|wants to coach|
Since I started running in high school I knew that I wanted to be a cross country coach. I am now a freshman in college (still running competitivley) and as of right now is getting a physical education major. In most cases I here you have to teach to coach, but in some cases you do not have to teach. Is there any majors out there that would give me a better chance at getting a teaching job, so I could become a coach?
Thanks for all your help.
I sense this is an attempt at trolling, but if it isn't...
* Teaching is probably the best way to land a job as a cross-country coach, but it doesn't make it automatic. You have to get a teaching job at a school where they also need a cross-country coach. That really limits your options.
* The market is flooded with those who have Phys Ed majors. You will give yourself a better shot at getting a teaching job if you are certified in Math, Comprehensive Science, or Special Education.
Please do not go into teaching if you only want to coach. Your passion has to be for the success of students in your classroom.
I believe financial pressures are going to drive scholastic sports out of our schools and into club settings. Find your career passion and get on the front end of the future by developing your own club team in your spare time.
Major in something you'd like to teach - don't limit yourself to Phys Ed, by any means. All of my XC coaches were math teachers, and most of the coaches in our league now are math teachers (go figure). As a walk-on, I'm the odd man out.
It would probably help to start at a school that doesn't value XC much - maybe they have a non-runner coaching out of desperation, and would be interested in a real runner coaching their kids right away, instead of you waiting for a good coach to retire.
If you're in Cali, check espn/dyestatcal for info about open coaching positions - it's even linked on their front page.
You may not get lucky and land a coaching job with your first teaching job - my favorite coach waited years for his 'dream job' to open up at a high school on the Central Coast of California.
PS: You can start padding your resume by looking for an assistant coach / volunteer position at a high school close to your college. Getting your foot in the door can help - maybe a rival school sees you coach, and you let your intentions be known, and when they have an opening of their own, you're already known by the coaches in the area, which can help you get a job.
And it doesn't hurt to know someone. If you have a 'friend of a friend' who knows about an opening, chase it down.
Volunteer first with an older coach or a team with an older coach nearby. Your abilities will be evident to those looking to hire a coach. Unfortunately, most do not hire a CC coach first, but a teacher for the subject, and fill the position from existing staff.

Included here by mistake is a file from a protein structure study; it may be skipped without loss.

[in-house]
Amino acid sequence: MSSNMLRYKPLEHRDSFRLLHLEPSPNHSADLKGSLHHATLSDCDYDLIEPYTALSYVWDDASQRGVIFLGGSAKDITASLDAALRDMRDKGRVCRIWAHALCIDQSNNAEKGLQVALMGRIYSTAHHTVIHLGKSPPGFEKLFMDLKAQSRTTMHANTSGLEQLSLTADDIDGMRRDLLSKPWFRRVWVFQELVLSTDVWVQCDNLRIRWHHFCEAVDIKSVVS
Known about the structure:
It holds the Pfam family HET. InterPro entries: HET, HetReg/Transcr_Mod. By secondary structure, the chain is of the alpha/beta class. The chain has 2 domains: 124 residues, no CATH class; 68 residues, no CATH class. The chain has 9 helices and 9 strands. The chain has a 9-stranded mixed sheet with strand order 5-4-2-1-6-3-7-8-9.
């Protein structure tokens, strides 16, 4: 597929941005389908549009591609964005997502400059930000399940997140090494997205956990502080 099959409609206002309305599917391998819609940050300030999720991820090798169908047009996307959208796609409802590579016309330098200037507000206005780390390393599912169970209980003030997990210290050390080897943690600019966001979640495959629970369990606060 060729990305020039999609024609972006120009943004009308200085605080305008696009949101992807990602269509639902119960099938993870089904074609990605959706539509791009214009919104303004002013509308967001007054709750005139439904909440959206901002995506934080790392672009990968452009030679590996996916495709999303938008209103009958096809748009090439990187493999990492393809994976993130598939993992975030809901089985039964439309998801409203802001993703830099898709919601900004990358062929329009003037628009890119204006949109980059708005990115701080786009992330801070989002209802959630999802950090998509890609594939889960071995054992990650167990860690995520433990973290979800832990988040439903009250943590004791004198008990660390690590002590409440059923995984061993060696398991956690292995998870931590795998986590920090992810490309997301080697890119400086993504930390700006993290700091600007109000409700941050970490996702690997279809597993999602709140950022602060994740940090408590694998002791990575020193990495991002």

I had to start as a volunteer assistant and wait for the paid one to quit to get the position.
Get the most out of your competive running career before you even think about coaching. Don't try to volunteer as a coach because you need to focus on your own running right now. There is plenty of time to get experience as a coach, but your own running career has limits. Once you get into coaching, it will be harder to teach, coach and train to your ability. Maybe find a way to officiate at local meets and get to know local coaches so you get your name out there. But mostly, spend as much time learning from your coach.
DO NOT BECOME A TEACHER SO YOU CAN COACH...you'll be doing the rest of our kids a favor.
I almost made this mistake until I realized how much I hated being around kids for that long. And good lucking finding a PE teaching job, that was a major reason I quit that program. You'll more than likely have to move somewhere you don't want to live to teach at some shitty school where no one gives 2 shits about running.
Honestly this is the sad truth of things. I was in my school's teaching program for 2 years before realizing how bad of a life choice I was about to make. After talking to my old HS coaches and teachers, they where more then thrilled to have me come back and help coach their program. Having a good amount of success and school records definitely helped me out...
Really if you want to coach, get in with the running community around your area. Go to a couple track meets, talk to some coaches when they aren't busy, talk to the school's AD who you want to coach for...it's really not that hard.
Becoming a teacher just to coach will make you miserable (unless you love teaching PE but I doubt you do). You'll more than likely have to sacrifice where to live, you'll get paid next to nothing, and you'll be putting in extra hours for a team that has no garuntee for success. People just don't give up PE jobs, those are pretty kush positions.